Morningstar’s new cannabis coverage

Introducing equity analyst Kristoffer Inton, his new coverage of the exciting cannabis market and where he’s seeing opportunities and risks

Ruth Saldanha 5 July, 2019 | 4:07PM
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Note: This video is part of Morningstar Canada's Cannabis Week Special Report

Ruth Saldanha: Canada's companies are poised to see sales grow by nearly 9 times through 2030, finds equity analyst Kristoffer Inton in a Basic Material Observer published last month, the first one that covers cannabis for Morningstar. He is here to talk about the observer in some detail.

Kris, thank you so much for being here today.

Kristoffer Inton: Thank you for having me.

Saldanha: What are some of the reasons to initiate coverage on cannabis right now?

Inton: I think the big reason that we wanted to initiate is that they have been performing so well. The cannabis companies have been some of the best-performing stocks. And so, we really wanted to ask ourselves, was the performance and a lot of the growth priced in by the market, and was it justified or not and to try and give investors the best idea about whether there is opportunity to get exposure to this fast-growing market.

Saldanha: Do you find that there are opportunities for investors even after this run-up in the stock prices?

Inton: So, I think, there's opportunities throughout the market. So, whether it's Canada, U.S. or the global market, we see tremendous growth coming. And so, companies that operate in any of these are likely to see huge top-line growth in the coming years.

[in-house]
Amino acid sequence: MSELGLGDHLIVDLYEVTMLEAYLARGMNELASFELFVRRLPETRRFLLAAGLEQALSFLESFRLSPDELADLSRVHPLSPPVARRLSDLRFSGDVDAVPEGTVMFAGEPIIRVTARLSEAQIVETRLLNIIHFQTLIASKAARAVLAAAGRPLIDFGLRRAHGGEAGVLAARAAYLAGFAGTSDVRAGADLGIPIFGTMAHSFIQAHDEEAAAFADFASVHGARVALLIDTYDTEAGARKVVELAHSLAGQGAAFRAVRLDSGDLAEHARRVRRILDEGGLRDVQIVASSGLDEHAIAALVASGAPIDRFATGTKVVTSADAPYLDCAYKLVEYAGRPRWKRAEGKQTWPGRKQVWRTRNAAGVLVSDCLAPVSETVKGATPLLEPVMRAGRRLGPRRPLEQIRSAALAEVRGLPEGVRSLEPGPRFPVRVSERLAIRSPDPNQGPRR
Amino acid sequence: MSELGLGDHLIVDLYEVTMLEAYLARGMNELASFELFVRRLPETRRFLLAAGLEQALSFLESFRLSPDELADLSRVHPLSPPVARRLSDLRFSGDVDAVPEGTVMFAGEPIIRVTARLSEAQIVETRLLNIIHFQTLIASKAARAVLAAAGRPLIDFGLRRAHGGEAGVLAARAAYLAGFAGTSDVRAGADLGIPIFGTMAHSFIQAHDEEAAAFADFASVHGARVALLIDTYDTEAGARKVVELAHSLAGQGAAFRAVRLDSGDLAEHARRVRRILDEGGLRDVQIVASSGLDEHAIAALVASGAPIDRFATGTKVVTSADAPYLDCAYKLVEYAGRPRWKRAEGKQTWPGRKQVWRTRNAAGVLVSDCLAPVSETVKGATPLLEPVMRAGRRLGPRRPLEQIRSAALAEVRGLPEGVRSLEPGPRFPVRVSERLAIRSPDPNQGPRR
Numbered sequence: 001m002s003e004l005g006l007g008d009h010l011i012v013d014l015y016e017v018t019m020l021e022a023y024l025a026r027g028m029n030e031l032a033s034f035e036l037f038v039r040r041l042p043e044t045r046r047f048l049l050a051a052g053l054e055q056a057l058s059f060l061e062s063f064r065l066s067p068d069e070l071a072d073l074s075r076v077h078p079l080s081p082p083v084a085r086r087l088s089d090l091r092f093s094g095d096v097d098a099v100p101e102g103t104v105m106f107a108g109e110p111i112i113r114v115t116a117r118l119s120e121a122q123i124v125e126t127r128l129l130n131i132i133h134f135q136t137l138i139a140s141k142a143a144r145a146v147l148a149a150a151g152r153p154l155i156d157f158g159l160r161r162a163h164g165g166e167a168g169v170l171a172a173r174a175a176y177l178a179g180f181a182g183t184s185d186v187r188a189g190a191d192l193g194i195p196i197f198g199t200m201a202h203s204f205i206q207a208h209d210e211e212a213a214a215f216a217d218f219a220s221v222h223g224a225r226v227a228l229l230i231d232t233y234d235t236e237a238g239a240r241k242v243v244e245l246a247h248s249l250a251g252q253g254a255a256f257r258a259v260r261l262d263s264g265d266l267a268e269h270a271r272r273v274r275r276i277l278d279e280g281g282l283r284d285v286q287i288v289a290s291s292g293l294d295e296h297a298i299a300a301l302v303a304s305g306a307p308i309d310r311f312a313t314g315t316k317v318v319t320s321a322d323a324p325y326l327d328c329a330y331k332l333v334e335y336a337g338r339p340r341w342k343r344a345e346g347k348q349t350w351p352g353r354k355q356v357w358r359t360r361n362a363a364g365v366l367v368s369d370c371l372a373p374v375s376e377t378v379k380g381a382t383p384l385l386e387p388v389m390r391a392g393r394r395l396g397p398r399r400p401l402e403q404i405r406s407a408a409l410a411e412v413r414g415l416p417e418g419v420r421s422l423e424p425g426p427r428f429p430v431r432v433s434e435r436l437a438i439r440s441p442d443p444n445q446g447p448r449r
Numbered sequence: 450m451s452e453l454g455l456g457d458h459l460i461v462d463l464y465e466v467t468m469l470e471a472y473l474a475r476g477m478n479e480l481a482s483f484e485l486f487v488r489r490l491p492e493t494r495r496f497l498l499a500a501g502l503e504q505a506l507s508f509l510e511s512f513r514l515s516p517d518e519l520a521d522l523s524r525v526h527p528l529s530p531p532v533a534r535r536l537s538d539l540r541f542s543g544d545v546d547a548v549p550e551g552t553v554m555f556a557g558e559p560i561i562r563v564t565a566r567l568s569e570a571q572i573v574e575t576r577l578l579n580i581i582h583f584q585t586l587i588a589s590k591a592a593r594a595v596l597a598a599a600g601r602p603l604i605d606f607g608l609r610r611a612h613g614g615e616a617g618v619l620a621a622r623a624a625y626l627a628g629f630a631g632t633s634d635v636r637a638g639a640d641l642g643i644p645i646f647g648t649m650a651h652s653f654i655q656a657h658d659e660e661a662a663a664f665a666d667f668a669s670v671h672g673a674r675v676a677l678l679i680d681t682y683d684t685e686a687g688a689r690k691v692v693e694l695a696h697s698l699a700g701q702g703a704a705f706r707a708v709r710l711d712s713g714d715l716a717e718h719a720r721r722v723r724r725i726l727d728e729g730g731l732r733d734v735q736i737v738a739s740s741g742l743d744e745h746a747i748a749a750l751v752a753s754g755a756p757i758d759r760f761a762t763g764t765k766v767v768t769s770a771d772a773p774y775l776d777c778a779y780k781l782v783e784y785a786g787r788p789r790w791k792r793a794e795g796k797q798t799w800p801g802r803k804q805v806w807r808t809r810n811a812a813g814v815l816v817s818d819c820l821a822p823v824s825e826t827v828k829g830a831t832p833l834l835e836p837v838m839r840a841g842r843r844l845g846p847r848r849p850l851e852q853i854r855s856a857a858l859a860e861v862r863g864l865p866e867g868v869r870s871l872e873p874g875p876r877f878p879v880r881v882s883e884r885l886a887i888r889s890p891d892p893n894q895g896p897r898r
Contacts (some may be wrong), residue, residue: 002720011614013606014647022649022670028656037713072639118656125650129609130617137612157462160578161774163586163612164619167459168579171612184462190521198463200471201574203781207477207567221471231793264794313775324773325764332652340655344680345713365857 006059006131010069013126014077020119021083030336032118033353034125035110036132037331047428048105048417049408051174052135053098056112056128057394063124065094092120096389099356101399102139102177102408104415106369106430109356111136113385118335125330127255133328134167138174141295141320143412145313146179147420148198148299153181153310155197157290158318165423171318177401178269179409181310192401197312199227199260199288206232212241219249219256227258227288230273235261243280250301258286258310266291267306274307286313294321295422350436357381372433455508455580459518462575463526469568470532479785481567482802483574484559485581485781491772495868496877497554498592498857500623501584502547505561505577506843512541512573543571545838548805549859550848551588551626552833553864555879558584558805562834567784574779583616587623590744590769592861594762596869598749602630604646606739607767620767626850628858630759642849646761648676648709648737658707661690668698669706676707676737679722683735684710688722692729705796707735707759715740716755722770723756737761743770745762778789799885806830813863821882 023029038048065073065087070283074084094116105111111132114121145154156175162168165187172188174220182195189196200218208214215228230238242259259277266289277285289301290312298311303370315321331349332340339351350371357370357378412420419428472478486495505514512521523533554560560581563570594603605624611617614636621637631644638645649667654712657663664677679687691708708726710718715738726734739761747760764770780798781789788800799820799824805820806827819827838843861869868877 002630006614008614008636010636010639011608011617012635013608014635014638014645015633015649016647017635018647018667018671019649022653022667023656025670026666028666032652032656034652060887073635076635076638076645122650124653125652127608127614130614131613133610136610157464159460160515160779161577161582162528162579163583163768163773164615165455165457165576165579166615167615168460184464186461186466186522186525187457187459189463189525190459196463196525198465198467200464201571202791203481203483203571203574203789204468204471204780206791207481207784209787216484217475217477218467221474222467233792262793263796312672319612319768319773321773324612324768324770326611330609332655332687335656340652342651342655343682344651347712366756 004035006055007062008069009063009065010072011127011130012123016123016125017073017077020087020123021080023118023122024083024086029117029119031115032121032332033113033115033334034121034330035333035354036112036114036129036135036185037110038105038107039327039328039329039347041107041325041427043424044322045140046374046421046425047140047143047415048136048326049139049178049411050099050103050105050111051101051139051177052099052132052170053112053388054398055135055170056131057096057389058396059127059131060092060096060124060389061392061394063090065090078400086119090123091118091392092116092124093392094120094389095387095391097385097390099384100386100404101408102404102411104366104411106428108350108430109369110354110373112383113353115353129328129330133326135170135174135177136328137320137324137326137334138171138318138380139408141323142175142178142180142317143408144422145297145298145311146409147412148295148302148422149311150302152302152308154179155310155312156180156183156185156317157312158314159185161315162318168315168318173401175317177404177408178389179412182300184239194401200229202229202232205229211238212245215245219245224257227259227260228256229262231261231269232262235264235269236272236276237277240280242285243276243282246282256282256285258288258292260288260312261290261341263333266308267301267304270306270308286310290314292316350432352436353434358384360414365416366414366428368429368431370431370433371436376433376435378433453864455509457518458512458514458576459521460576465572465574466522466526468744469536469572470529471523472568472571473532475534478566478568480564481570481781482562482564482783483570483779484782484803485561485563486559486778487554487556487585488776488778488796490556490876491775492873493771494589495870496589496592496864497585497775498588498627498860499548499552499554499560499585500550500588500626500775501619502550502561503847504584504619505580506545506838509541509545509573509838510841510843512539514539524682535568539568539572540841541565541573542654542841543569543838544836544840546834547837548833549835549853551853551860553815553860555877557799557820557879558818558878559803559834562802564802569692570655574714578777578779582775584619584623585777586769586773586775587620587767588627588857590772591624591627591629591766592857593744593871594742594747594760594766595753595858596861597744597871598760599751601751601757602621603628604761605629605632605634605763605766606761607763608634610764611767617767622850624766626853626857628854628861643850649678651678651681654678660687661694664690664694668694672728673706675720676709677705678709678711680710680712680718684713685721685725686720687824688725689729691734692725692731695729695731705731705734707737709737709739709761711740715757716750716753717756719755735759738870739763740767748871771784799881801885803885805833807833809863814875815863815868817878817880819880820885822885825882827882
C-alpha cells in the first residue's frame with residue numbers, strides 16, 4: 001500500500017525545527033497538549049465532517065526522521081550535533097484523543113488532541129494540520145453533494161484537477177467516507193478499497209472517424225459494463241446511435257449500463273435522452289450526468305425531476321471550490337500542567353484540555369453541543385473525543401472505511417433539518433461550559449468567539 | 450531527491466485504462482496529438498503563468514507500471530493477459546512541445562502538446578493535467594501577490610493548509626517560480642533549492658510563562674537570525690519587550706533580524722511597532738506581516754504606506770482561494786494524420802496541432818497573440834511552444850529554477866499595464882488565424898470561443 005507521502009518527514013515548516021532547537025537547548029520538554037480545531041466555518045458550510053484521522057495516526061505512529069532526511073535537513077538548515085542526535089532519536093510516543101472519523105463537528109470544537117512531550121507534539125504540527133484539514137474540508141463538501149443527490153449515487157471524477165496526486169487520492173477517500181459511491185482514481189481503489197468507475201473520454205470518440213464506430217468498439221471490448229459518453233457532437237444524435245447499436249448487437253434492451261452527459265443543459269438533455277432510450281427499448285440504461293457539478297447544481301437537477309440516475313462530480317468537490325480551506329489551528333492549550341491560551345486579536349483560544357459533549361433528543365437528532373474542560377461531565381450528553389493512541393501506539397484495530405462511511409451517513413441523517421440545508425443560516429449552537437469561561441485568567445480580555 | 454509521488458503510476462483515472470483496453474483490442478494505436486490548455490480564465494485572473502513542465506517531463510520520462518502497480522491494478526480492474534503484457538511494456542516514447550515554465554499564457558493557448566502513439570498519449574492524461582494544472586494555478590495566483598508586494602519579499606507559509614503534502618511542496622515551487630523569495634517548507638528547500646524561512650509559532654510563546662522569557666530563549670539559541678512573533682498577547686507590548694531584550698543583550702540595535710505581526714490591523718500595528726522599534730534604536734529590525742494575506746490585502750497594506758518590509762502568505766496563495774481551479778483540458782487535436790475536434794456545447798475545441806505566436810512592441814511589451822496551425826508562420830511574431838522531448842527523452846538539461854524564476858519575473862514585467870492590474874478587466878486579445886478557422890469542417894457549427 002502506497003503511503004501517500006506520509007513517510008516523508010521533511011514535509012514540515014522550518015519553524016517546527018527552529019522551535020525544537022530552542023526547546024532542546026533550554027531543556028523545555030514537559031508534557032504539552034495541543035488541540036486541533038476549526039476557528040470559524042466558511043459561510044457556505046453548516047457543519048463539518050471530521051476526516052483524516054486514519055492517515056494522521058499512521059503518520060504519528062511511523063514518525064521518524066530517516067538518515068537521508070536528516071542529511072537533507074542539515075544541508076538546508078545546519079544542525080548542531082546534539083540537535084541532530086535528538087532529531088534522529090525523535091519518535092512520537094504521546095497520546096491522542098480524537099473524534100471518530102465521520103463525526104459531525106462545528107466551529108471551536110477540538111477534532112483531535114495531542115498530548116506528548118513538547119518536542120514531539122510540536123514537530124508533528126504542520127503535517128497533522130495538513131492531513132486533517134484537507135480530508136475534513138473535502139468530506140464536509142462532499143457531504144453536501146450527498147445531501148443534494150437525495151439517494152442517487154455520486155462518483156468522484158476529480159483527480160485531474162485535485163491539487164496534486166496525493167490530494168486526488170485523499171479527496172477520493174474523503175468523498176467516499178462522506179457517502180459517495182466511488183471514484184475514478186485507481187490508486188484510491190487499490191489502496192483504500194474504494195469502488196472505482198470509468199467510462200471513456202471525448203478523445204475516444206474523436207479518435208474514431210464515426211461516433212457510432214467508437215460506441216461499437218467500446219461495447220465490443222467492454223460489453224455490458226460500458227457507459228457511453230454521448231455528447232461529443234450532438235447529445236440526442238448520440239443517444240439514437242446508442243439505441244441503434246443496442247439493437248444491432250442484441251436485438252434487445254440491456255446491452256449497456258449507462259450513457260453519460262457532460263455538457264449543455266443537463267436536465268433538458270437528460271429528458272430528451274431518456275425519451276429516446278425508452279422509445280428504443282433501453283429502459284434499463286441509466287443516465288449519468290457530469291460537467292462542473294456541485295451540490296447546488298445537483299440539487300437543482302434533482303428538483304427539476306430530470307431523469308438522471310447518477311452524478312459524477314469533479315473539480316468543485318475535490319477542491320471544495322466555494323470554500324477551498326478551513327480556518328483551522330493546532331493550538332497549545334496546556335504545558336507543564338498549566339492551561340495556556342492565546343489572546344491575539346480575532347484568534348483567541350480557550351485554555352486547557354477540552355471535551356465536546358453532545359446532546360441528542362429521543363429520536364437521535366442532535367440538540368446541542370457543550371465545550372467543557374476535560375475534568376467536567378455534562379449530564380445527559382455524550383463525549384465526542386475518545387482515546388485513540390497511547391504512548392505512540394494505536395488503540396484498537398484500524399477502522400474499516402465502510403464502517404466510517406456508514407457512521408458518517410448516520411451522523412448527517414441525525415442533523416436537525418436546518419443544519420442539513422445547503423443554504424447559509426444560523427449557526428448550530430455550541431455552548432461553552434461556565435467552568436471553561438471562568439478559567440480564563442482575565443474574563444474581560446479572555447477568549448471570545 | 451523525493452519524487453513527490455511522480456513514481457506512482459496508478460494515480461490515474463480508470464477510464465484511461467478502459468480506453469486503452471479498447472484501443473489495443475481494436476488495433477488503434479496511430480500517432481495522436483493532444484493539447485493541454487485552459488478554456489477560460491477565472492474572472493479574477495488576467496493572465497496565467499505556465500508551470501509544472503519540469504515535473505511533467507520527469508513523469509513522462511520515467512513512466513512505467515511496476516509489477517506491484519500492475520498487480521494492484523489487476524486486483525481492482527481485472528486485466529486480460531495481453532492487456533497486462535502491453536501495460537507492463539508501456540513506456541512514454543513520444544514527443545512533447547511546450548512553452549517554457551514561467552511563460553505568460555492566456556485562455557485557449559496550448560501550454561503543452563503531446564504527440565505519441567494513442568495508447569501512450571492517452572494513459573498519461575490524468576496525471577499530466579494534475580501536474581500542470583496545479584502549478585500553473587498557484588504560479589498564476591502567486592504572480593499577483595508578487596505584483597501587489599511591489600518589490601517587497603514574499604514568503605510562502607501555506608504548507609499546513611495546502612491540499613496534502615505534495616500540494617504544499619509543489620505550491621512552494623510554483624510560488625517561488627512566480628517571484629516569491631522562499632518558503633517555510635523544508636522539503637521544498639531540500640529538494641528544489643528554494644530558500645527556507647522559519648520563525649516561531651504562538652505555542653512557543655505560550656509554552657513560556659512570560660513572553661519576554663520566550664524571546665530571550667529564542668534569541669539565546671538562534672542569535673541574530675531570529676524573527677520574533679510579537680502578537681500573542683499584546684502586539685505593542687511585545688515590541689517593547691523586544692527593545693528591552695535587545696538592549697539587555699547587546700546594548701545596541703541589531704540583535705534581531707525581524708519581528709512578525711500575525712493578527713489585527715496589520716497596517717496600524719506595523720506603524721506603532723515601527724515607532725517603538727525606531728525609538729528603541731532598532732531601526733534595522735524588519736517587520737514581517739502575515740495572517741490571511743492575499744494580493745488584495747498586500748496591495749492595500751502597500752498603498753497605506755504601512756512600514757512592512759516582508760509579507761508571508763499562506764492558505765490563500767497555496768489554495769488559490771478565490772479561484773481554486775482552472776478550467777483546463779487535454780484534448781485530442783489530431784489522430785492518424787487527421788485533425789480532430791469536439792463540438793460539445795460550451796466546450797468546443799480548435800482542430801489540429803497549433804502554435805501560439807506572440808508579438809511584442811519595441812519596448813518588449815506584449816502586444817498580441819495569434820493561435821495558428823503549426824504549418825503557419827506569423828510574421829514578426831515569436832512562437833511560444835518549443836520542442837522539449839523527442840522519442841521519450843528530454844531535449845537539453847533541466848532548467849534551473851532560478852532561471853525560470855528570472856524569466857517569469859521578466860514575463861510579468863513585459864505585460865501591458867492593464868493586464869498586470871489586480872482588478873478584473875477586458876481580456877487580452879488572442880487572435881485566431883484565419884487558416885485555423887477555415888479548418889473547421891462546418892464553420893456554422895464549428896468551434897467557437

Saldanha: And what do you see are some of the major risks?

Inton: So, it depends. So, for Canadian companies you can't operate in the U.S. right now. Basically, you can only operate in one country or the other with some limited exception for CBD products. But what the risk then is, is for U.S. companies, you are basically – although you are operating legally within the states that you operate with, technically, on a federal level, you are still operating illegally. And so, the federal government at some point will probably need to address this in order to sort of address an issue of disagreement in the legality between the state and federal level.

Saldanha: That apart, what are some of the key findings, especially for North America?

Inton: So, I think that our key findings are, for the Canadian market, there's still a lot of growth to come. Legalization for recreational cannabis only happened in late 2018 and we think investors would be remiss to think that the growth has already come. Distribution expansion has come at a very slow pace. At this past spring, Toronto, which is Canada's largest city, only had five dispensaries slated to open for a city of millions. And so, we think that there's still tremendous amount of growth to come, not only from black market consumers converting into the legal market, but from non-consumers converting into consumers now that it's legal.